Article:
Although the National Labor Relations Board has been one of the most active and aggressive federal labor/employment agencies since Biden took control of the Executive Branch almost two years ago, there is trouble brewing. The NLRB has had the same $274 million dollar budget since 2014 according to its General Counsel Jennifer Abruzzo. The lack of a budget increase is now causing the NLRB to consider furloughing career agency employees. At the same time, the union for the NLRB workers publicly blasted the Board Administration, and more specifically GC Abruzzo, for their positions at the bargaining table on Thursday via its Twitter page @TheNLRBU.
In a letter to the House and Senate Appropriations subcommittees responsible for NLRB funding, co-authored by NLRB Chair Lauren McFerran and General Counsel Abruzzo, explained that the budget paralysis, combined with inflation, has substantially reduced the NLRB’s purchasing power to just 75% of what it was in 2014 and that additional funding will be needed to keep the NLRB at status quo in light of $18.7 million in new expenses for required pay increases, non-labor inflation, and upcoming field office relocations. These increased expenses, says the NLRB, are beyond its control and, absent Congressional approval of a sufficiently increased budget, it will have to furlough NLRB employees. Of note, the letter cites a $10.7 million increase in labor costs stemming from a 4.6% raise to its workforce that goes into effect in 2023 and emphasizes that the NRLB has “exhausted its ability to absorb cost increases through staff attrition and operational efficiencies,” suggesting the NLRB is already running a lean operation.
For its own part, the NLRB Union, which represents over 700 NLRB staff, took to social media to echo GC Abruzzo’s concerns about the possibility of furloughs and reorganization absent an increase in the budget. With nearly the same breath, however, the NLRB also leveled public criticism of GC Abruzzo’s recent apparent efforts to bring back the NLRB’s pre-pandemic work policies, by allowing a pandemic remote work policy to expire. Requiring more on-site work, the Union argues, compounds the NLRB’s staffing problems. The NLRB remote work policy changes are causing NLRB employees to leave their jobs for other flexible work opportunities and new applicants to reject NLRB employment offers because of the inflexibility.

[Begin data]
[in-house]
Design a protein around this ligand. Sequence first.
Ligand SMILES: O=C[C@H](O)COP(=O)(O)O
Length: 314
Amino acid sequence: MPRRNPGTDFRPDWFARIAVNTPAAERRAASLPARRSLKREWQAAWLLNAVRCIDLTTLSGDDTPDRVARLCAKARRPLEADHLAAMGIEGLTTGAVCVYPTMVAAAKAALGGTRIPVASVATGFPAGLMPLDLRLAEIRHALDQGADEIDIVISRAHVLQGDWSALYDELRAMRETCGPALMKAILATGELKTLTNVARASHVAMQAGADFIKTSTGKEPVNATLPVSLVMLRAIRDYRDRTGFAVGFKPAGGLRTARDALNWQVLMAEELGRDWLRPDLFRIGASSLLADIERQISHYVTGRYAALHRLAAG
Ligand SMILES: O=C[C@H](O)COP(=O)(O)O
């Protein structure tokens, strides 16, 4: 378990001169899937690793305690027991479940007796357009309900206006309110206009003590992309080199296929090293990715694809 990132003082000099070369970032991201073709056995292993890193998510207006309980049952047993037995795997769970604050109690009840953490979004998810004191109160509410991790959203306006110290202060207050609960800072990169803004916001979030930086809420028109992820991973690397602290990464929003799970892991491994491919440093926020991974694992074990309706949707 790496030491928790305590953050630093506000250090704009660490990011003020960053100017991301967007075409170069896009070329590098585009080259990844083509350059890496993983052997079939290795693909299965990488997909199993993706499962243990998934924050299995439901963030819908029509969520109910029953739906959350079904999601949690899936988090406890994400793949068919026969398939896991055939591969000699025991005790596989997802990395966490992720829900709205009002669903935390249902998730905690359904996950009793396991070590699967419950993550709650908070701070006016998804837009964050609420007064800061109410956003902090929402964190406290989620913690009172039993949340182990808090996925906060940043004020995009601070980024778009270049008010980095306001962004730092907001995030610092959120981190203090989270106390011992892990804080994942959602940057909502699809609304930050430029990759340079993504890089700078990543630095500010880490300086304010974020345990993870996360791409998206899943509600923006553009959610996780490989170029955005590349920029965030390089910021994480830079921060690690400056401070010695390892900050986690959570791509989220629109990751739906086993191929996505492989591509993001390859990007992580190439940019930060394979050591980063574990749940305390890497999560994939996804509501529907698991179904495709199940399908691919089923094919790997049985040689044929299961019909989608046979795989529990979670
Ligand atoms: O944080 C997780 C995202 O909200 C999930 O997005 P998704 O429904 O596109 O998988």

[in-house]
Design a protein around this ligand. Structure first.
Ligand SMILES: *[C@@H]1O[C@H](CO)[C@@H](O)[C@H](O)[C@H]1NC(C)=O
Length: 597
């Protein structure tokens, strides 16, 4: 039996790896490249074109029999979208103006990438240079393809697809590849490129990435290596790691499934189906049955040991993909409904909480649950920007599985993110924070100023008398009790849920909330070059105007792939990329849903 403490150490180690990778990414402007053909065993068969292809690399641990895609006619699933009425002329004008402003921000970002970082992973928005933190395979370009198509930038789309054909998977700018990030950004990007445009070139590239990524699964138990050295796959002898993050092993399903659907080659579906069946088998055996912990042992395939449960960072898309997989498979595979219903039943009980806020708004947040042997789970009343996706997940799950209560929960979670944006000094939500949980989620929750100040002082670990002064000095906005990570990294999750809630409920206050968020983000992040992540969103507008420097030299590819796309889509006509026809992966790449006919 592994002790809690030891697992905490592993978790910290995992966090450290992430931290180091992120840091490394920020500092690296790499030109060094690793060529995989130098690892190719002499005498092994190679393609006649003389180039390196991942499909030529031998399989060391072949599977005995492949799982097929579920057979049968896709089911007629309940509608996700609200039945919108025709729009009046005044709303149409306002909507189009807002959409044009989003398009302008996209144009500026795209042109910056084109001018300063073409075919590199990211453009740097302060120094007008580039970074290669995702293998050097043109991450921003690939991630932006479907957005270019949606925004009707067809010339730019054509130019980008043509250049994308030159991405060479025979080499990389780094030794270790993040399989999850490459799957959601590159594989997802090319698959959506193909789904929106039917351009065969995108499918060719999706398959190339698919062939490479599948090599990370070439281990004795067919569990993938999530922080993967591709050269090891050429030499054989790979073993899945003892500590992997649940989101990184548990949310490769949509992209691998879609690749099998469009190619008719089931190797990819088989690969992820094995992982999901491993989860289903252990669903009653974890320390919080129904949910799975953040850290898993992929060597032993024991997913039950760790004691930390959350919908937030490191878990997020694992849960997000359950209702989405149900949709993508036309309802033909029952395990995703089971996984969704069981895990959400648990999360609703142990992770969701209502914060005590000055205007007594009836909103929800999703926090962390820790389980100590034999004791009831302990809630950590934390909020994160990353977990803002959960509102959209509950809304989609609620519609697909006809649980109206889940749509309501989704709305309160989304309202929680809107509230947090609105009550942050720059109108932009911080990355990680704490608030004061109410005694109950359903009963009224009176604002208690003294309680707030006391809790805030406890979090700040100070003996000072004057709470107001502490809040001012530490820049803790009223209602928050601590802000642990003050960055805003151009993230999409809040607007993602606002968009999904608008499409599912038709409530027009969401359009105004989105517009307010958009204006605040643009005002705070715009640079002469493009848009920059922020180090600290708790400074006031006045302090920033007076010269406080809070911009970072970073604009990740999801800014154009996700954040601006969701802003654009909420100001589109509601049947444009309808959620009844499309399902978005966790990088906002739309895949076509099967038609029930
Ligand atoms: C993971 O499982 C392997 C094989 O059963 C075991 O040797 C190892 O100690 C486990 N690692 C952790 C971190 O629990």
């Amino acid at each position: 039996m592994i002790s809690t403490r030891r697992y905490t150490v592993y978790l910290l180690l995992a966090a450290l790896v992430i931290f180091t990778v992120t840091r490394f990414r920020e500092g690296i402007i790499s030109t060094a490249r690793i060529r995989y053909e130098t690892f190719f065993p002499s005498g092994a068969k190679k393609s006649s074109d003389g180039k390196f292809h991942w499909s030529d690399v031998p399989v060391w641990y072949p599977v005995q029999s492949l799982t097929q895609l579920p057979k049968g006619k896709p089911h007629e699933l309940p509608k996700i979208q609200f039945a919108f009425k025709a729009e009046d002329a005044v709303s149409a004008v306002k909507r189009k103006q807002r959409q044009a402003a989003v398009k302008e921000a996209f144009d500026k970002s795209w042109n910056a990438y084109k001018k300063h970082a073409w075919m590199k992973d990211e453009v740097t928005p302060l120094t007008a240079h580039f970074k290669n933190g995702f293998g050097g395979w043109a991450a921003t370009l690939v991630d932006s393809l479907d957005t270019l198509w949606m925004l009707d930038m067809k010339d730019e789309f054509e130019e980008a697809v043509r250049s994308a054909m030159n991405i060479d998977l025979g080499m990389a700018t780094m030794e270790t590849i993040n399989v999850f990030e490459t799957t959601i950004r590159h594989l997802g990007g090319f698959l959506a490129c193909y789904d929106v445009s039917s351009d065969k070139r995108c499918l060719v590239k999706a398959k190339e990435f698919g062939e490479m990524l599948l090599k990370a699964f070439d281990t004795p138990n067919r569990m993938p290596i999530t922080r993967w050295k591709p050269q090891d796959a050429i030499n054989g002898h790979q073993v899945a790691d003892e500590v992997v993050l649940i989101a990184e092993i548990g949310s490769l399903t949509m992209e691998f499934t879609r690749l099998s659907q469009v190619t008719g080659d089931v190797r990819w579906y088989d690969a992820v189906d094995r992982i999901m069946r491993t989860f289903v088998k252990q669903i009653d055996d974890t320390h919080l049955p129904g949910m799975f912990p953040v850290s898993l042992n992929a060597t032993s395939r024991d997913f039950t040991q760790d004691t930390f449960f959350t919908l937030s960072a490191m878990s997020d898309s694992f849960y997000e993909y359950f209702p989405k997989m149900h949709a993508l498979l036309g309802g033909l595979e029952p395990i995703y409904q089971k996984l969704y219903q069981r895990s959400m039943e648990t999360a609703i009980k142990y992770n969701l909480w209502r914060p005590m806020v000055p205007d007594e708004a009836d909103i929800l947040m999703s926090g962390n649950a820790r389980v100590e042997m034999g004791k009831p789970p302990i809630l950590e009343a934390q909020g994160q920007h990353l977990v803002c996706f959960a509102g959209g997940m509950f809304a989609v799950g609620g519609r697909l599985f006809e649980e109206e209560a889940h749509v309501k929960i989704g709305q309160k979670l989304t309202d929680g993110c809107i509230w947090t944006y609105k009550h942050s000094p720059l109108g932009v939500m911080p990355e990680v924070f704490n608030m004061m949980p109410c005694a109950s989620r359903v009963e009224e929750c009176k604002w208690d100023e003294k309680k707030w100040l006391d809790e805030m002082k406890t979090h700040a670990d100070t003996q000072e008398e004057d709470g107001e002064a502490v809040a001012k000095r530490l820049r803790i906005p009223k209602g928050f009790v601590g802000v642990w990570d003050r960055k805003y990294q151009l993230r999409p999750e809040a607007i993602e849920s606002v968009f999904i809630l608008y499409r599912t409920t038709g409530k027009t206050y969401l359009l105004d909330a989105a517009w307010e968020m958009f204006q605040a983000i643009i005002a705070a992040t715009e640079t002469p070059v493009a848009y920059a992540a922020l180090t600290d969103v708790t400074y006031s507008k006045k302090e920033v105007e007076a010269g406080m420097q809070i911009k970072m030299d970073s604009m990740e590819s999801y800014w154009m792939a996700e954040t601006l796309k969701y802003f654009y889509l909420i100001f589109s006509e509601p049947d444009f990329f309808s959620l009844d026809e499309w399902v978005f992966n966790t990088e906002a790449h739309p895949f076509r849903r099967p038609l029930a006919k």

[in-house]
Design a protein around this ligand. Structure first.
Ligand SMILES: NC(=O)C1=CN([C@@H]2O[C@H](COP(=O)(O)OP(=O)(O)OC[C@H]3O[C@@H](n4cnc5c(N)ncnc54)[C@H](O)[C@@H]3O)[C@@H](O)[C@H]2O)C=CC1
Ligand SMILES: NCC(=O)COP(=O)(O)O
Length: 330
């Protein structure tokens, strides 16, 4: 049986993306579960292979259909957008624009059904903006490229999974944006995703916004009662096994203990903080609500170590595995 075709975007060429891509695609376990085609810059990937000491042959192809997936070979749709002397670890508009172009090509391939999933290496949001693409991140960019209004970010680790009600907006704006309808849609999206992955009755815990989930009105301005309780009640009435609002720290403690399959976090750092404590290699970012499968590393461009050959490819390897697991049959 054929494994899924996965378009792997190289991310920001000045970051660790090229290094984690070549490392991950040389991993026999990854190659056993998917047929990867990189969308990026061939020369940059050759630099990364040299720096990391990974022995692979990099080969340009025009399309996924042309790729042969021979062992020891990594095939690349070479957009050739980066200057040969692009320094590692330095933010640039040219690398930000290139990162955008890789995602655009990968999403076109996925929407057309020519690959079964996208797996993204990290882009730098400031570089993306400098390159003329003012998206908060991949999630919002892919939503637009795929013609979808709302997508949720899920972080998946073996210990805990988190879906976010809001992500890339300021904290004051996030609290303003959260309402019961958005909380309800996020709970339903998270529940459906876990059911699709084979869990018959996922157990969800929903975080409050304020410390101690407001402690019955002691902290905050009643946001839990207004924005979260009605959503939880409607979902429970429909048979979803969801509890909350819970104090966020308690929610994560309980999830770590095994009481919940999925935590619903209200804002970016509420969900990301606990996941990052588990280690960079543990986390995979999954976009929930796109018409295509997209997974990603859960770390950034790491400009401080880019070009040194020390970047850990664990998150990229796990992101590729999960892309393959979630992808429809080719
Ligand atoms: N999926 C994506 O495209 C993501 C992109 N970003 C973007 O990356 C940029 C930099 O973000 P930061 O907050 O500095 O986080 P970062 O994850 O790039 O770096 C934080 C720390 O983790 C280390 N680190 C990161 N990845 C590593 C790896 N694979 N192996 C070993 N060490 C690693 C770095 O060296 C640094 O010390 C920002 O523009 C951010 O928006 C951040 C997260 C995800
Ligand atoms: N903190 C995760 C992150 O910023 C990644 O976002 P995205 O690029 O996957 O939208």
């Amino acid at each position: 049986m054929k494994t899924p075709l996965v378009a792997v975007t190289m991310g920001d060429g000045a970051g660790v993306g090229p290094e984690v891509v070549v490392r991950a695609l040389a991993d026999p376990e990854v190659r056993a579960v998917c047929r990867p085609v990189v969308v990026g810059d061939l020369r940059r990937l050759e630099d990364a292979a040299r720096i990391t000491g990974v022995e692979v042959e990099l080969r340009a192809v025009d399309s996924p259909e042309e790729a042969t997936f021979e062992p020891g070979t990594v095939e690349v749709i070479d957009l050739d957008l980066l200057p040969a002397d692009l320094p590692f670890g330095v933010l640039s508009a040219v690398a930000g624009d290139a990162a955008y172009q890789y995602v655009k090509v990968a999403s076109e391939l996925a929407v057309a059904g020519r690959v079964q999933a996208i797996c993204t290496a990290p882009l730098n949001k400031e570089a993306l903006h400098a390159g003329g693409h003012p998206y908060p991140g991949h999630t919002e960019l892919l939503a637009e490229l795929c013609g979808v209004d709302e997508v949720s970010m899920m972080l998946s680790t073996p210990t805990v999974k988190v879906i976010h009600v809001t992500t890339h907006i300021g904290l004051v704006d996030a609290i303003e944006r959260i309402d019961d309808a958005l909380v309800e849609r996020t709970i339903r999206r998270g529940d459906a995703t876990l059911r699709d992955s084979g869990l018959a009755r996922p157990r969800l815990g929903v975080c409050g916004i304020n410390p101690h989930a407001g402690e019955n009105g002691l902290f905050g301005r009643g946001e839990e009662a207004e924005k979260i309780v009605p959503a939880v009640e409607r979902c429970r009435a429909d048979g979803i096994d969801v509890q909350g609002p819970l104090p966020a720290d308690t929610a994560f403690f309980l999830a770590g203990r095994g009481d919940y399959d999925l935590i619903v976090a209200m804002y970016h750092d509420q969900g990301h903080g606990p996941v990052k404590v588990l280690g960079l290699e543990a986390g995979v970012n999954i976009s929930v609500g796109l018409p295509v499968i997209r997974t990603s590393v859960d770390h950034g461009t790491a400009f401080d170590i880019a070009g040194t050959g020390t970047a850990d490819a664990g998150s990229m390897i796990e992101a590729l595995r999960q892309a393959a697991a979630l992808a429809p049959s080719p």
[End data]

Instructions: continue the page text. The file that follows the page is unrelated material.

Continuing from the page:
The Union’s reaction to the budget and remote work policy issues coincide with ongoing negotiations for a new collective bargaining agreement. Notwithstanding the remote work policy lapse, GC Abruzzo has indicated a commitment to reaching a new collective bargaining agreement that increases remote work for NLRB employees.
There are a number of variables in play with the NRLB that collectively and individually could impact its enforcement operations at a time when it enjoys more administration support from the White House than at any time in recent history. There is no question that Biden will sign any bill that increases the funding of the Board. It will be interesting to see whether or not the new Congress is inclined to do what has not been done in over seven years and provide a material budget increase for the labor agency. If not, then the question to consider and watch for is whether the decreased funding and strife that lack of funding appears to be causing will carry over to operations such that enforcement and other areas related to the way the agency operates for the next year and the remainder of the Biden administration are negatively affected.